As an evangelical Christian, I believe we should be good stewards of God’s planet. We should strive to reduce pollution to protect human health and the natural environment. We should explore new alternative energy sources, always seeking to maximize benefits and minimize harms. We should prioritize providing electricity for the 1.2 billion people who don’t have it—and consequently suffer high rates of disease and premature death.
For these and many other reasons I applaud Mitch Hescox and Paul Douglas’s Caring for Creation: The Evangelical’s Guide to Climate Change and a Healthy Environment (Bethany House, 2016). I enjoyed chapter 4 “We Are Easter People,” which encourages us to move forward not only in our Christian walk, but also in our physical world to explore new alternative energy sources. I appreciate their passion when discussing alternative energy in chapter 6. The success of the M-Kopa Solar Company in Africa with small solar units is impressive. As the authors point out, most of the 1.2 billion people in the world who have no electricity live in remote regions where it would be impossible, in the near term, to erect adequate power lines even if centralized power plants were built. There and in many other remote locations small solar units are the better answer.
It is unfortunate, however, that Hescox and Douglas chose not to present an unbiased discussion of the global warming debate, because this distracts from other excellent parts of the book.
As a veteran atmospheric scientist, I disagree with their basic premise. They believe that human emissions of carbon dioxide (CO2) are causing dangerous global warming that we must stop by converting the world’s energy systems from fossil fuels (which now provide about 85 percent of all energy people use worldwide) to “green” energy.
How firmly do they believe this? Douglas writes,
“When people ask me why more climate scientists don’t debate professional skeptics in the media, I tell them the truth. At this point, it’s the rough equivalent of debating gravity or the Apollo moon landing” (p. 90).
As a meteorologist with a Ph.D. instead of a B.S., and over 20 years more experience, I can tell you, that attitude is irresponsible.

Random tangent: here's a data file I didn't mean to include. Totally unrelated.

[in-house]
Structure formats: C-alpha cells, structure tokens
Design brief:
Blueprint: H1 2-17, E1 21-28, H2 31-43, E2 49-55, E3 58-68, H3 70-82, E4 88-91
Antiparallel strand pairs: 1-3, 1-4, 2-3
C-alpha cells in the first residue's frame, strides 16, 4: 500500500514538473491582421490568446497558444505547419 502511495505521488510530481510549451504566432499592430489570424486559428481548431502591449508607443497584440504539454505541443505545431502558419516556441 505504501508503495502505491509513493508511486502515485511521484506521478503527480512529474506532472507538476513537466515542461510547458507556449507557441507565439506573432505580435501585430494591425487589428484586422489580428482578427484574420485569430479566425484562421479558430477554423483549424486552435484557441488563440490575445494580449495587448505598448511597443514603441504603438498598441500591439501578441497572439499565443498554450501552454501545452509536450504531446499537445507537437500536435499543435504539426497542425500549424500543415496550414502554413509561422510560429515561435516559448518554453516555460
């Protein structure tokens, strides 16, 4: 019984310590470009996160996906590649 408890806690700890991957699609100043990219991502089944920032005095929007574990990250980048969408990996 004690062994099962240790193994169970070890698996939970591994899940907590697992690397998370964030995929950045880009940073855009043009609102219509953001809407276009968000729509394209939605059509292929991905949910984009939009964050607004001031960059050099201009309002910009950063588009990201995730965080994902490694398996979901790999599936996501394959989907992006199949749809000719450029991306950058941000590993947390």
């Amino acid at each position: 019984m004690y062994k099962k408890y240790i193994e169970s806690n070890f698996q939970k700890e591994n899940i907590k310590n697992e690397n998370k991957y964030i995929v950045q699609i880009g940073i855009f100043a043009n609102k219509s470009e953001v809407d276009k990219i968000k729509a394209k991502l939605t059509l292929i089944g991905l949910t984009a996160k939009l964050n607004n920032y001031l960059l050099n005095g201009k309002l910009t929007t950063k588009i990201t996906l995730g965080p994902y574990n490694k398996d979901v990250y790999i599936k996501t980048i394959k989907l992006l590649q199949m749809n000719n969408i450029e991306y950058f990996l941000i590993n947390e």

It’s also inconsistent with something else the authors do. They challenge readers to raise serious questions about the truth of dangerous manmade global warming. When Hescox is asked about the reality of global warming, he replies: “Don’t believe me without researching the facts for yourself. Don’t listen to twenty-second sound bites on FOX News or MSNBC or talk radio. Take the time to examine the facts for yourself.” That’s what I have been doing over the last nearly 20 years, building on my 55-year career as a meteorologist.
What is the global warming controversy? It is not about the earth warming. Earth has been warming for over 150 years as we emerge from the Little Ice Age. The controversy is over the causes, magnitude, and possible harms or benefits of the warming. Is the cause CO2, as the authors claim, or other factors related to natural cycles, or a combination—and if so, in what balance? Is the warming rapid, large, and dangerous, or gradual, small, and benign? The intent of this review is to show that, contrary to Hescox and Douglas’s assertions, meteorological data support natural cycles, the case for CO2 as primary driver is very weak, and the magnitude of our contribution is small and not dangerous.
While Hescox has no credentials in climate science, I do not denigrate Douglas’s. He has been a TV and radio meteorologist for 35 years. But I do expect him to show me equal respect granted my 55-year career in meteorology and climate science, much of it at significantly higher levels of responsibility. I served in the Air Force as a weather officer from 1953–1957, earned my Ph.D. in meteorology from Florida State University, joined the National Hurricane Center in 1961, where I served for 25 years and was Director from 1974–1987 (the longest term of any Director), then served as chief meteorologist for the CBS TV affiliate in Houston until my retirement in 2008—a retirement during which I have continued and even expanded my studies of global climate change.
I have been following the global warming debate for almost 25 years. During that time I have metamorphosed from a mild believer in the 1980s and 1990s to a very strong skeptic. My journey is typical of a number of skeptics.
I became aware that the planet was warming in the 1980s. James Hansen (NASA) held a press conference in Washington, D.C., on June 9, 1988, and announced that CO2 was causing the earth to warm. Hansen built that relationship into a numerical model that predicted disastrous warming. I had no reason to question his conclusion.
In the late 1990s, big changes occurred when, despite 1998’s global average temperature being the warmest on record until then because of an extraordinarily powerful El Niño, from early 1997 through late 2015—a period of nearly 19 years—there was no statistically significant increase in global average temperature according to our most reliable measurements. The warming trend that had alarmed Hansen and others stopped, even while CO2 levels accelerated upward. What happened? Could CO2’s role have been overstated?
About that time a meteorologist friend challenged me to go back and look at the data. After reading dozens of books and hundreds of papers, looking at reams of data and talking to numerous experts on both sides of the debate, I have concluded that CO2 is not a major factor in the earth’s temperature.
What led to that conclusion? Here are some of the basic facts….